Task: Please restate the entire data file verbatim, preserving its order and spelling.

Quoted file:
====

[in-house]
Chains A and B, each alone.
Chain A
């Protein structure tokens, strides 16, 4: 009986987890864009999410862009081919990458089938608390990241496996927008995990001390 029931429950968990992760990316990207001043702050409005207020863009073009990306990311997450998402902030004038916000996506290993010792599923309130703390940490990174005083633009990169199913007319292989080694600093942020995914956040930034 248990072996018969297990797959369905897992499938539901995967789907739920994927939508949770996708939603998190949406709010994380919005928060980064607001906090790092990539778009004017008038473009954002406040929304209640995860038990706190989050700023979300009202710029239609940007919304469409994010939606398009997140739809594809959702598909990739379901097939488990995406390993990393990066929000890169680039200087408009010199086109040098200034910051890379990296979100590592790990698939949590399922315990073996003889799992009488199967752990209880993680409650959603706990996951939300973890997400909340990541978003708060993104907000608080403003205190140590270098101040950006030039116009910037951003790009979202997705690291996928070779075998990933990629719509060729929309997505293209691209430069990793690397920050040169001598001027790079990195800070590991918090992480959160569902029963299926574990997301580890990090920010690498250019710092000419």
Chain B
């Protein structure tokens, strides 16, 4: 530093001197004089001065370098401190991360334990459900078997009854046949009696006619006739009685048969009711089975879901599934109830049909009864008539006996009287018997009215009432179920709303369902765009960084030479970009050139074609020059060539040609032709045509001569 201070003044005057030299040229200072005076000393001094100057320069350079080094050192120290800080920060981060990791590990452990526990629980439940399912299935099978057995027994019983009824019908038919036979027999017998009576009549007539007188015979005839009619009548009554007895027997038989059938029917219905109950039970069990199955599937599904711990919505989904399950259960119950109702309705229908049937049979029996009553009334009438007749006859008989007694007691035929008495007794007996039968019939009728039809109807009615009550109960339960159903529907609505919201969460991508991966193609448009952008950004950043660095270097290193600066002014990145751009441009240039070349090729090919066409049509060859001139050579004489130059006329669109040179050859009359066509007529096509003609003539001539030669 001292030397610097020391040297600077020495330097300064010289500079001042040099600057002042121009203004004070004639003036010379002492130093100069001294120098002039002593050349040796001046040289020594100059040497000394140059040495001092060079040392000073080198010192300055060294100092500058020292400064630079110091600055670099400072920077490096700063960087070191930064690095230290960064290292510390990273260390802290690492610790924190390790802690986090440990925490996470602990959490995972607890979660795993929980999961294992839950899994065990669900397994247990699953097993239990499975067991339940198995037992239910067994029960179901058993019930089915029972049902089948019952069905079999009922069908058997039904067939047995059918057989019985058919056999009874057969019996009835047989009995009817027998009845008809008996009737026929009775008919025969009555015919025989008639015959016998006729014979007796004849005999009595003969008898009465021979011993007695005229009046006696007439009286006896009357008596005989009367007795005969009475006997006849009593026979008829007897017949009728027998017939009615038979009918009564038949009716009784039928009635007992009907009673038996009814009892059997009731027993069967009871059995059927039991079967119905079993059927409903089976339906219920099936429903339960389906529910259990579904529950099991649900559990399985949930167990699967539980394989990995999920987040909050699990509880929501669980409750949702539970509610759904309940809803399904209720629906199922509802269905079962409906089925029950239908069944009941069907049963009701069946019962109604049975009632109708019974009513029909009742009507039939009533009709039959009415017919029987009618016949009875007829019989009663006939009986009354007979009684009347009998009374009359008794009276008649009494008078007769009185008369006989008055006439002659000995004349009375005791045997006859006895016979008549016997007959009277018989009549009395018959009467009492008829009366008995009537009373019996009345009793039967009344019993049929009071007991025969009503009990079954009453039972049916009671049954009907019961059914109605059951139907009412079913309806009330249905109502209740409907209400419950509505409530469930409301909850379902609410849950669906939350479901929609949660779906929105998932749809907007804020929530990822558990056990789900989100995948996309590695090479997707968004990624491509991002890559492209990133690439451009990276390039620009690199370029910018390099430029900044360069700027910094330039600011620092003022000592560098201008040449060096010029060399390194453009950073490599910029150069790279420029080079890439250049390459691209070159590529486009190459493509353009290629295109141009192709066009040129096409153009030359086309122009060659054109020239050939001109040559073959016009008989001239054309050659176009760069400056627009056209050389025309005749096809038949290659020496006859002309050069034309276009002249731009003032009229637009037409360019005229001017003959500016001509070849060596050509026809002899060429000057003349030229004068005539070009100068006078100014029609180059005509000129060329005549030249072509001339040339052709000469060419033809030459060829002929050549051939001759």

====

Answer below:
[in-house]
Chains A and B, each alone.
Chain A
């Protein structure tokens, strides 16, 4: 009986987890864009999410862009081919990458089938608390990241496996927008995990001390 029931429950968990992760990316990207001043702050409005207020863009073009990306990311997450998402902030004038916000996506290993010792599923309130703390940490990174005083633009990169199913007319292989080694600093942020995914956040930034 248990072996018969297990797959369905897992499938539901995967789907739920994927939508949770996708939603998190949406709010994380919005928060980064607001906090790092990539778009004017008038473009954002406040929304209640995860038990706190989050700023979300009202710029239609940007919304469409994010939606398009997140739809594809959702598909990739379901097939488990995406390993990393990066929000890169680039200087408009010199086109040098200034910051890379990296979100590592790990698939949590399922315990073996003889799992009488199967752990209880993680409650959603706990996951939300973890997400909340990541978003708060993104907000608080403003205190140590270098101040950006030039116009910037951003790009979202997705690291996928070779075998990933990629719509060729929309997505293209691209430069990793690397920050040169001598001027790079990195800070590991918090992480959160569902029963299926574990997301580890990090920010690498250019710092000419």
Chain B
């Protein structure tokens, strides 16, 4: 530093001197004089001065370098401190991360334990459900078997009854046949009696006619006739009685048969009711089975879901599934109830049909009864008539006996009287018997009215009432179920709303369902765009960084030479970009050139074609020059060539040609032709045509001569 201070003044005057030299040229200072005076000393001094100057320069350079080094050192120290800080920060981060990791590990452990526990629980439940399912299935099978057995027994019983009824019908038919036979027999017998009576009549007539007188015979005839009619009548009554007895027997038989059938029917219905109950039970069990199955599937599904711990919505989904399950259960119950109702309705229908049937049979029996009553009334009438007749006859008989007694007691035929008495007794007996039968019939009728039809109807009615009550109960339960159903529907609505919201969460991508991966193609448009952008950004950043660095270097290193600066002014990145751009441009240039070349090729090919066409049509060859001139050579004489130059006329669109040179050859009359066509007529096509003609003539001539030669 001292030397610097020391040297600077020495330097300064010289500079001042040099600057002042121009203004004070004639003036010379002492130093100069001294120098002039002593050349040796001046040289020594100059040497000394140059040495001092060079040392000073080198010192300055060294100092500058020292400064630079110091600055670099400072920077490096700063960087070191930064690095230290960064290292510390990273260390802290690492610790924190390790802690986090440990925490996470602990959490995972607890979660795993929980999961294992839950899994065990669900397994247990699953097993239990499975067991339940198995037992239910067994029960179901058993019930089915029972049902089948019952069905079999009922069908058997039904067939047995059918057989019985058919056999009874057969019996009835047989009995009817027998009845008809008996009737026929009775008919025969009555015919025989008639015959016998006729014979007796004849005999009595003969008898009465021979011993007695005229009046006696007439009286006896009357008596005989009367007795005969009475006997006849009593026979008829007897017949009728027998017939009615038979009918009564038949009716009784039928009635007992009907009673038996009814009892059997009731027993069967009871059995059927039991079967119905079993059927409903089976339906219920099936429903339960389906529910259990579904529950099991649900559990399985949930167990699967539980394989990995999920987040909050699990509880929501669980409750949702539970509610759904309940809803399904209720629906199922509802269905079962409906089925029950239908069944009941069907049963009701069946019962109604049975009632109708019974009513029909009742009507039939009533009709039959009415017919029987009618016949009875007829019989009663006939009986009354007979009684009347009998009374009359008794009276008649009494008078007769009185008369006989008055006439002659000995004349009375005791045997006859006895016979008549016997007959009277018989009549009395018959009467009492008829009366008995009537009373019996009345009793039967009344019993049929009071007991025969009503009990079954009453039972049916009671049954009907019961059914109605059951139907009412079913309806009330249905109502209740409907209400419950509505409530469930409301909850379902609410849950669906939350479901929609949660779906929105998932749809907007804020929530990822558990056990789900989100995948996309590695090479997707968004990624491509991002890559492209990133690439451009990276390039620009690199370029910018390099430029900044360069700027910094330039600011620092003022000592560098201008040449060096010029060399390194453009950073490599910029150069790279420029080079890439250049390459691209070159590529486009190459493509353009290629295109141009192709066009040129096409153009030359086309122009060659054109020239050939001109040559073959016009008989001239054309050659176009760069400056627009056209050389025309005749096809038949290659020496006859002309050069034309276009002249731009003032009229637009037409360019005229001017003959500016001509070849060596050509026809002899060429000057003349030229004068005539070009100068006078100014029609180059005509000129060329005549030249072509001339040339052709000469060419033809030459060829002929050549051939001759």